NASHVILLE, Tenn. (AP) — Country star Jason Aldean learned the hard lessons about the music business when he first signed a record deal with Capitol Records that ended up never producing any music. Years later, he signed to Broken Bow, a Nashville-based indie label that has gone on to release all nine of Aldean’s records, six of which have been certified platinum or multiplatinum.
“I got kicked around in the music business pretty good early on and learned a lot,” said Aldean on the eve of his new record, the appropriately titled “9,” which came out Nov. 22. “Broken Bow giving me an opportunity to do what I’ve done over the years and giving me a chance to have a career means a lot.”
Two years ago, the German-based BMG bought BBR Music Group, which includes Broken Bow, and Aldean this year signed a new global distribution and marketing deal with BMG, a big step for Aldean who was already one of country music’s most downloaded artists.
In many ways, Aldean has become the face of the label and is invested in its success, which now includes artists like Dustin Lynch, Runaway June, Lindsay Ell, Jimmie Allen, Zac Brown Band, Trace Adkins, Kid Rock and more. Recently named artist of the decade by the Academy of Country Music, he’s sold nearly 12 million albums in the U.S. alone, had more than 20 No. 1 singles and filled arenas and stadiums along the way. He also has his own imprint at the label, where he has signed and released music from Tyler Farr.
Now with BMG’s support, Aldean and the rest of BBR Music Group’s artists have greater access to an international audience for country music that has been growing, said Jon Loba, executive vice president, recorded music at BMG Nashville.
“In the next year, you’re going to see some really big picture initiatives specific to Aldean that will not only advance his career overseas, but the genre as a whole,” said Loba. “We’re trying as a company not to just elevate our artists in other territories, but the entire genre.”
“I think that’s something every artist would like to have,” Aldean said. “It kind of opens you up to a whole new world.”
Aldean discussed owning his music, a hot topic in Nashville lately during the public feud between Taylor Swift and Nashville-based Big Machine Label Group, which owns her first six records. The three-time ACM entertainer of the year told The Associated Press that was a priority in his last contract negotiations.
“When I redid my record deal a few records back, when I upped with Broken Bow for the first time, that was a big point for me,” Aldean said. “I wanted to own my own stuff. And then when I just re-upped again, I wanted to own more of it.”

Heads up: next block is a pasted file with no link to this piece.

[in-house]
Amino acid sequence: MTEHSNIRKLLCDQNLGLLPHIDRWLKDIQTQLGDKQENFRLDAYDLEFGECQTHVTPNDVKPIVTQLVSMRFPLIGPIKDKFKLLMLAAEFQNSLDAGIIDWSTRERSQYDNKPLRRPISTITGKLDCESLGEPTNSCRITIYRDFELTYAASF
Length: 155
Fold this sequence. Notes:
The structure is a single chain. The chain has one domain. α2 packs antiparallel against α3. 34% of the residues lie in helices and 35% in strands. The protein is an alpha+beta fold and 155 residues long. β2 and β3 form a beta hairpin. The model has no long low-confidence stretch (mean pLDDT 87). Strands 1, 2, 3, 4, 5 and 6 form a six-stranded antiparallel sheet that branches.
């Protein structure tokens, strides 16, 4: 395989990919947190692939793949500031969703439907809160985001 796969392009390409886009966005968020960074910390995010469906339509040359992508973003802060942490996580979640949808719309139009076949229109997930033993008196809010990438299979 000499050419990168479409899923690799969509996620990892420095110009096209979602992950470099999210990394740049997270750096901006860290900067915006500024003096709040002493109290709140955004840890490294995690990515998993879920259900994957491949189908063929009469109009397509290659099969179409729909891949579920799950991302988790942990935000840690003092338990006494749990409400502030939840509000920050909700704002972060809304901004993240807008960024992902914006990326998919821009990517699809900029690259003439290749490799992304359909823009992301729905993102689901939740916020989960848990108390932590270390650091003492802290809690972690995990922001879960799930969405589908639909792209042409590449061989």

Loba declined to discuss specifics of Aldean’s contract, but acknowledged he was getting strong offers from their competitors.
“We were happy to deliver in this instance on the things that were important to him because he is so incredibly important to us,” Loba said.
“Those are our paintings, you know. That’s our piece of art. And the record companies, I feel like, we both did well. I made these records. They profited a lot off it and got that initial stuff off it,” said Aldean. “At some point, I want that stuff back and to be able to leave to my family.”
But Aldean also feels a loyalty to his label, which has trusted him to be his own A&R guy, essentially picking out his songs and singles with his longtime producer Michael Knox. Luckily, he has other country artists bringing him songs, such as Tyler Hubbard of Florida Georgia Line, who co-wrote his driving, country rock single “We Back.” Morgan Wallen, who is opening for Aldean next year, co-wrote “Keeping It Small Town” and Brantley Gilbert co-wrote “The Same Way,” both songs that Aldean felt fit his style of arena country rock.
“I feel like whenever we go into the studio and start recording, it’s almost like a lot of these guys start writing specifically for us, for our record, which is cool,” Aldean said.
Even as the music industry moves more and more to a singles-driven approach, Aldean still sees the value in a full 16-song album.
“I feel like it’s really hard for a fan to get an idea of who an artist is by listening to one song every few months,” Aldean said.